Breast cancer can sometimes be present without any obvious signs of a lump. However, a newly inverted nipple can be one of the first signs that you have breast cancer. This means that the nipple, which once pointed outward, starts to turn inward into the breast. While not all nipple inversions indicate cancer, any sudden changes in the nipple's appearance should prompt a visit to the doctor.

Baby bottle nipple isolated on white background.


Nipple skin changes

The skin around the nipple is sensitive and can sometimes show early signs of breast cancer. Therefore, it is important to be aware of any changes in this region peeling, scaling, crusting, or flaking of the skin surrounding the nipple. Although eczema can sometimes cause similar symptoms, it is important to prioritize your health and consider the possibility of cancer. Therefore, it is always advisable to consult a healthcare professional for checkup.

Flaky skin from allergies, peeling or eczema. Dry skin in need of treatment and hydration.


"Orange Peel" Skin

Another symptom to watch out for is the skin over the breast taking on a texture that looks like the skin of an orange, known as PeauD Orange. This change is a major symptom of inflammatory breast cancer, which ] can be due to the breast's lymphatic vessels being blocked by cancerous cells. The skin surrounding the nipple might appear purple, reddish, pink, or bruised, and this symptom should never be ignored.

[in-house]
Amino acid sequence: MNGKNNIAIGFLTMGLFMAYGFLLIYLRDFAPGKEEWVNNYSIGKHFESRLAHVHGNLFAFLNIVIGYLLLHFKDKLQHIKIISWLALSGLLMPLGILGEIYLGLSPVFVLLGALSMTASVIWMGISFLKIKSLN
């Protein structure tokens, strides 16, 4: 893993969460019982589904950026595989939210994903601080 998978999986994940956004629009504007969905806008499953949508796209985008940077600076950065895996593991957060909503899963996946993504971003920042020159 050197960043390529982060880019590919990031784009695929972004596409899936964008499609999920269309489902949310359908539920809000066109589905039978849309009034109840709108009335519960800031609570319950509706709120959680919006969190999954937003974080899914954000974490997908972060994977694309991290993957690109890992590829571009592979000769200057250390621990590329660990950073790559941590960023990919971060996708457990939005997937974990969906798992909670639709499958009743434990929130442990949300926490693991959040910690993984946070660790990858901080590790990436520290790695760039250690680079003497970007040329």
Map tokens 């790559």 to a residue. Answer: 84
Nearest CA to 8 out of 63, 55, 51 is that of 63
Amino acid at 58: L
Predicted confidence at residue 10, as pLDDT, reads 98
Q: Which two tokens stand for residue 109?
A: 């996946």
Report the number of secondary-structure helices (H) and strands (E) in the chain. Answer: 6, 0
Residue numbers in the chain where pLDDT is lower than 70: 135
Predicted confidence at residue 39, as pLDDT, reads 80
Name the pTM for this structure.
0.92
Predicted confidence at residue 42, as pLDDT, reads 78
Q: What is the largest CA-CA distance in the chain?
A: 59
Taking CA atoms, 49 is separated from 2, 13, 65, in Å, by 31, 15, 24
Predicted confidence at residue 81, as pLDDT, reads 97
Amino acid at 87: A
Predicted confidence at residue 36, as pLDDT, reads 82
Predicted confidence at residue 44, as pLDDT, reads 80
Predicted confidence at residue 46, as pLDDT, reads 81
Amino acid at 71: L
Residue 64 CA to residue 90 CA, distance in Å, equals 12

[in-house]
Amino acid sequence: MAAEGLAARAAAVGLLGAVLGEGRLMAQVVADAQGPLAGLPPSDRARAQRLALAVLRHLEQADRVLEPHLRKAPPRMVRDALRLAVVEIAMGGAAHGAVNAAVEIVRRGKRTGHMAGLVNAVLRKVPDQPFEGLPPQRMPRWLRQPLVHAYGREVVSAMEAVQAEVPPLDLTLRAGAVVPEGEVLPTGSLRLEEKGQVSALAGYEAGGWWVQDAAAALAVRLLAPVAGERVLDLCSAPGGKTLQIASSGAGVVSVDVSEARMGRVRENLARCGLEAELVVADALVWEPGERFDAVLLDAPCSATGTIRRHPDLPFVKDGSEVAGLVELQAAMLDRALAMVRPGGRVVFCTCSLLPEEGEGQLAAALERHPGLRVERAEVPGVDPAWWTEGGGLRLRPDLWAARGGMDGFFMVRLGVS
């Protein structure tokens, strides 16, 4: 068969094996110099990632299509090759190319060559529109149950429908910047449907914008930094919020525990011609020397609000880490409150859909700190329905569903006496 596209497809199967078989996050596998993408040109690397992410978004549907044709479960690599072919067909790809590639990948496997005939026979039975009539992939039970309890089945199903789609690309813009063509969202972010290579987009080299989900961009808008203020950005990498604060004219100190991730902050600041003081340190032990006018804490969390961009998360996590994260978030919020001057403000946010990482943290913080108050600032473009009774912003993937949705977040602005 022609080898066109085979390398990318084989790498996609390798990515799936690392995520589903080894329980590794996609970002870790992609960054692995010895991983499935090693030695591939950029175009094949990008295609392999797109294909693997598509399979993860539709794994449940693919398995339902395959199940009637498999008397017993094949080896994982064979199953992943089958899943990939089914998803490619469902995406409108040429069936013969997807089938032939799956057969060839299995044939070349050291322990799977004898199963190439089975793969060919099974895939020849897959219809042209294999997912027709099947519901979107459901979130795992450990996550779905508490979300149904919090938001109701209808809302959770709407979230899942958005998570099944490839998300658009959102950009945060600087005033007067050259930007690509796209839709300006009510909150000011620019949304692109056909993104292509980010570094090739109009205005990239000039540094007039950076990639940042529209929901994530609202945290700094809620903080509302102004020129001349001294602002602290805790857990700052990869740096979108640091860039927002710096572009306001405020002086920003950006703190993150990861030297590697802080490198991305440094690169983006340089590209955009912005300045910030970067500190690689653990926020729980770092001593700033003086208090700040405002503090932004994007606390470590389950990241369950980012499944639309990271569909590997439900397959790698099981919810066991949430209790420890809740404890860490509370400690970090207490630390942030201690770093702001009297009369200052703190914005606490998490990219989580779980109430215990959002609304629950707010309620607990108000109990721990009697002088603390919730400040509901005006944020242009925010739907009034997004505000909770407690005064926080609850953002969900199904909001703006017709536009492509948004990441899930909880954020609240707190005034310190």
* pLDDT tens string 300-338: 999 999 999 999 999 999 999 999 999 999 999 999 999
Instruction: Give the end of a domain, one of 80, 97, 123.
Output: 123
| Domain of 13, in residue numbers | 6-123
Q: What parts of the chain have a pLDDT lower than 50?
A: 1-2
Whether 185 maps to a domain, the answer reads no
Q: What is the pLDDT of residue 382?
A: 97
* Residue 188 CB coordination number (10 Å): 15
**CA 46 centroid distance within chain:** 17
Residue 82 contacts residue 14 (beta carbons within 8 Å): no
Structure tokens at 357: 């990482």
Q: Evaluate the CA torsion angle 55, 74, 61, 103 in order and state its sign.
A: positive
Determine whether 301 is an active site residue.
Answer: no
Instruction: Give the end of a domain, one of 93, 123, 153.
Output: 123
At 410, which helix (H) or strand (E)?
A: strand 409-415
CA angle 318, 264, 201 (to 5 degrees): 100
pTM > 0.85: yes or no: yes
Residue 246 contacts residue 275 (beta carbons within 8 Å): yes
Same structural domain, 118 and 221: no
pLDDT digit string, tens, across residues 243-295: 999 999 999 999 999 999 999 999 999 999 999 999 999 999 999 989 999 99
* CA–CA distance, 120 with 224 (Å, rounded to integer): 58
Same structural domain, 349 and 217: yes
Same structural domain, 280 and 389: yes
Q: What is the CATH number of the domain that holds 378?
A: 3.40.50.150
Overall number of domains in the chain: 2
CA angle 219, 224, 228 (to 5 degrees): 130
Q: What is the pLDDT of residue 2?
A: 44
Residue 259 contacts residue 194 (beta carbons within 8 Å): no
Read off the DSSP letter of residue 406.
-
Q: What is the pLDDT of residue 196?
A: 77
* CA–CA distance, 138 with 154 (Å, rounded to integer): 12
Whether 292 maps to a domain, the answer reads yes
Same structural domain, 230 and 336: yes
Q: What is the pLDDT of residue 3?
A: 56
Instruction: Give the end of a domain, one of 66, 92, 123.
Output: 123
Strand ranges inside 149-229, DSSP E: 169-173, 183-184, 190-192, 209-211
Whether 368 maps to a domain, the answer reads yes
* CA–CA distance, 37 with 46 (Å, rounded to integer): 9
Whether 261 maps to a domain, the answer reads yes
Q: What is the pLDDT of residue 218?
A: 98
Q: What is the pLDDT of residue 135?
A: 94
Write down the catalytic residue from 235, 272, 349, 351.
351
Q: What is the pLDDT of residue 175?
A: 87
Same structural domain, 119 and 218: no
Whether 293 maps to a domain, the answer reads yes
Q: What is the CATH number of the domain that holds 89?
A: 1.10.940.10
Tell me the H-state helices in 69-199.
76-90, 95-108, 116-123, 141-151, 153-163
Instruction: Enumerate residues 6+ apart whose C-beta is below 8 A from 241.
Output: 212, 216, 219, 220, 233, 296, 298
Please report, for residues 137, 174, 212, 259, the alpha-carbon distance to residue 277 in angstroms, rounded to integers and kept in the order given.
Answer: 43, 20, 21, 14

citrus, orange or grapefruit peel, background


Nipple Retraction

Nipple retraction can be an early warning sign of more common types of cancer, such as carcinomas. Unlike inverted nipples which pull inward, retracted nipple lie flat against the breast rather than indenting in. While some people naturally have inverted nipples, any new or sudden retraction should be a cause for concern to see a doctor immediately.

In the hospital, the patient undergoes a screening procedure for a mammogram, which is performed by a mammogram. A modern technologically advanced clinic with professional doctors.


Male Breast Symptoms

While breast cancer in men is less common, it is crucial to be aware of the signs. Men should look out for lumps in the breast, skin changes like redness or dimpling, nipple alterations, swelling in the breast or lymph nodes, and skin ulceration. Early detection in men, as in women, can lead to better outcomes.

Breast cancer in men concept : Portrait Asian man and pink ribbon the symbol of breast cancer campaign. Studio shot isolated on grey background